Out to the edge
By Bishop James Nunn
At this point in our United Methodist journey, it is imperative that we focus on basic concepts and principles that connect us in ministry. Our stated mission of the church is “to make disciples of Jesus Christ for the transformation of the world.”
The church faces challenges, as it always has. The metaphor of the desert, or the wilderness, has been used to describe today’s challenges. Being in the desert may evoke fear; however, the desert is the place where God often appears.
Exodus 3:1 tells us Moses had led Jethro’s flock “out to the edge of the desert.” I’ve become intrigued with the image of being out on the edge. It requires reflection and curiosity in my soul to survive there.
I have come to realize the desert is more than a metaphor. It is a place where the soul is exposed to God. Indeed, the essence of a faith story is the encounter of the exposed soul with God.
The exposed soul opens to God when we find ourselves on the edge of the desert. When we encounter God, it is tempting to justify our positions or actions, not to examine and learn from them through study, dialogue, and analysis.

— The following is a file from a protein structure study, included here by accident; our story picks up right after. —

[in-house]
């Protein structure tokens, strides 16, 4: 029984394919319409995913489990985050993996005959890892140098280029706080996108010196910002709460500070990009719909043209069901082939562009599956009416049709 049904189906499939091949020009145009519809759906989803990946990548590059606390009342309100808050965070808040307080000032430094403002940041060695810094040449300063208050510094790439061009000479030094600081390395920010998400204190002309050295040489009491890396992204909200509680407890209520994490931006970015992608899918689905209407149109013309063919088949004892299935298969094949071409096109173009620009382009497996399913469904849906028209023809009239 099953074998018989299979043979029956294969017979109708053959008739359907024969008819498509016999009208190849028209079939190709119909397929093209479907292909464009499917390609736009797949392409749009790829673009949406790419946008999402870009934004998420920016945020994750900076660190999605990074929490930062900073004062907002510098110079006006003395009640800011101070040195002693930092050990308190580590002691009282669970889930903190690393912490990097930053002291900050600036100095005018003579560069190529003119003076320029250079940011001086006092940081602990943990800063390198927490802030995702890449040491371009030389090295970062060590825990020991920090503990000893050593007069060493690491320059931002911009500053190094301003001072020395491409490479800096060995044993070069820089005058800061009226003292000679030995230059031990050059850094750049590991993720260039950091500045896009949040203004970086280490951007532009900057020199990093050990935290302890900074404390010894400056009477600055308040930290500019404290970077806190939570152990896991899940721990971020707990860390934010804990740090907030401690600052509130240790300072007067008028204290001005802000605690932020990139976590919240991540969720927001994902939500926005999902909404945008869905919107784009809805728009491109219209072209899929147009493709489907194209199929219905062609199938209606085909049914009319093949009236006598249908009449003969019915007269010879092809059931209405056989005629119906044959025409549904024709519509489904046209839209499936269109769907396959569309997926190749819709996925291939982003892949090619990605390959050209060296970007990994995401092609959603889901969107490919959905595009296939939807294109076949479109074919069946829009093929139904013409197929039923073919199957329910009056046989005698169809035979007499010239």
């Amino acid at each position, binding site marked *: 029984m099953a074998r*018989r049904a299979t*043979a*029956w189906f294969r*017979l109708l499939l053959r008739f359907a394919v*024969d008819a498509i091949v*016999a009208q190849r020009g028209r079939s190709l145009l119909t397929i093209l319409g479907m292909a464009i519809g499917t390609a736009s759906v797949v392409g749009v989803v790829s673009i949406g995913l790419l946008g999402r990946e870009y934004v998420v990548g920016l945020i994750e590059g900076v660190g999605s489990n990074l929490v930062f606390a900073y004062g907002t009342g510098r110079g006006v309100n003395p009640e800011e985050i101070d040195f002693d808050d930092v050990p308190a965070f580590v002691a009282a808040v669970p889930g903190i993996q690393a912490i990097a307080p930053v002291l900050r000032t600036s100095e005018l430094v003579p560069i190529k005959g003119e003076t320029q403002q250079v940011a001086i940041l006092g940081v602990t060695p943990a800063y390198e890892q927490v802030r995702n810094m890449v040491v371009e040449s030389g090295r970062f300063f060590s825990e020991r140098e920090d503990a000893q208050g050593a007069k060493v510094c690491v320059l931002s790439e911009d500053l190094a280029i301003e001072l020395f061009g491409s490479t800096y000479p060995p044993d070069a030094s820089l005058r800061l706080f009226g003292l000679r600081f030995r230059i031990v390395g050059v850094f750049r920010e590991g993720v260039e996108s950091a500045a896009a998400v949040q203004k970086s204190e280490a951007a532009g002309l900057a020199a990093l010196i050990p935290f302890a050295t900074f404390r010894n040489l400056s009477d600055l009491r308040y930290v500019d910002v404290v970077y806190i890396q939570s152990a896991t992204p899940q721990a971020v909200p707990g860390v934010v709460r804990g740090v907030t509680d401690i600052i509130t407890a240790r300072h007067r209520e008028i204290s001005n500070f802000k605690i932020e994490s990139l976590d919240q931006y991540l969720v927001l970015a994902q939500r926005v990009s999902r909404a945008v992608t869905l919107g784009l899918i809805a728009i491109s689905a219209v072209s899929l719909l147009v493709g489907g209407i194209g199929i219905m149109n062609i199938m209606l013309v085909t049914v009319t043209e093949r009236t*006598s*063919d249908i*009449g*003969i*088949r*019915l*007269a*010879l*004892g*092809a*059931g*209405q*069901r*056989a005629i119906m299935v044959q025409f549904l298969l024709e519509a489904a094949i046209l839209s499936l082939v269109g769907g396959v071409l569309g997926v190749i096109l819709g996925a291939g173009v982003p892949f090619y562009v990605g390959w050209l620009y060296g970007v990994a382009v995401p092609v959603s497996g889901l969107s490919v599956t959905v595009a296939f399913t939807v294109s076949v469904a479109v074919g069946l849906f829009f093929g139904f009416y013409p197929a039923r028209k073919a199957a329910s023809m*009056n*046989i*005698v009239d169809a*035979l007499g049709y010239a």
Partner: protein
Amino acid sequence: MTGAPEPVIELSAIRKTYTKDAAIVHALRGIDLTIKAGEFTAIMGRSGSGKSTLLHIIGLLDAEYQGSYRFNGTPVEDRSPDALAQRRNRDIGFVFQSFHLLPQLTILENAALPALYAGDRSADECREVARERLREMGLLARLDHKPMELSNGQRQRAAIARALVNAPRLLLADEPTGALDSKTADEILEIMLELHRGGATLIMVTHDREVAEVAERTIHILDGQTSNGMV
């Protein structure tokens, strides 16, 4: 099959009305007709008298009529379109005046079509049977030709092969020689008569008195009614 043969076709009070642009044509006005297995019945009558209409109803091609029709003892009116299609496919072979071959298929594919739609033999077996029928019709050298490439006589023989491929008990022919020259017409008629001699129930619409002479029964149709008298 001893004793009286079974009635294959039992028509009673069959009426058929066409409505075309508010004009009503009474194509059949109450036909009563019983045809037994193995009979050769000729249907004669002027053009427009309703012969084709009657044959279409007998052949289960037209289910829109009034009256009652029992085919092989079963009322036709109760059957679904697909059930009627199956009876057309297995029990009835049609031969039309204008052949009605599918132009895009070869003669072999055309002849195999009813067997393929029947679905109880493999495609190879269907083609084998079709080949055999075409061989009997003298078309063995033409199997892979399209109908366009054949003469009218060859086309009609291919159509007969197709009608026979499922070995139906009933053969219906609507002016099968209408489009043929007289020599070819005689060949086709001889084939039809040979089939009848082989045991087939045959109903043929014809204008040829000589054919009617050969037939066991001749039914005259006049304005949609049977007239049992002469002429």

When we are out on the edge of the desert, we must face ourselves, surrender ourselves, and allow ourselves to be formed in the image of Christ.
So, moving “out to the edge” is the first condition that needs to be met for the door to open for an encounter with God.
Likewise, when we are in the desert, there is always something that sparks our spiritual curiosity. For Moses, it was the bush that was burning, but was not being consumed.
When he saw this bush, Moses said to himself, “Let me check out this amazing sight and find out why the bush isn’t burning up.”
Curiosity about spiritual matters is the second condition that needs to be met for us to be able to freshly encounter God.
The opposite of curiosity is indifference. Indifference takes root when we sink into deep despair, question the meaning of life and God, blame other people or God for circumstances that don’t feel fair. Indifference is a time of feeling helpless, powerless, and unhappy. It expresses itself in anger and blame.
Indifference destroys the soul. Curiosity, when acted on, overcomes indifference.
On or about July 8, the Commission of the General Conference will release the report of the Council of Bishops for the called General Conference to be held in February 2019.
This report, along with petitions submitted by people and groups across the church will be the reason for the called General Conference. The decisions of the General Conference determine the next steps for the denomination.
Whatever the outcome, I encourage us to ask ourselves, “What is now possible because of this?” Perhaps we find ourselves at the edge of the desert on the thresh hold of a fresh encounter with God.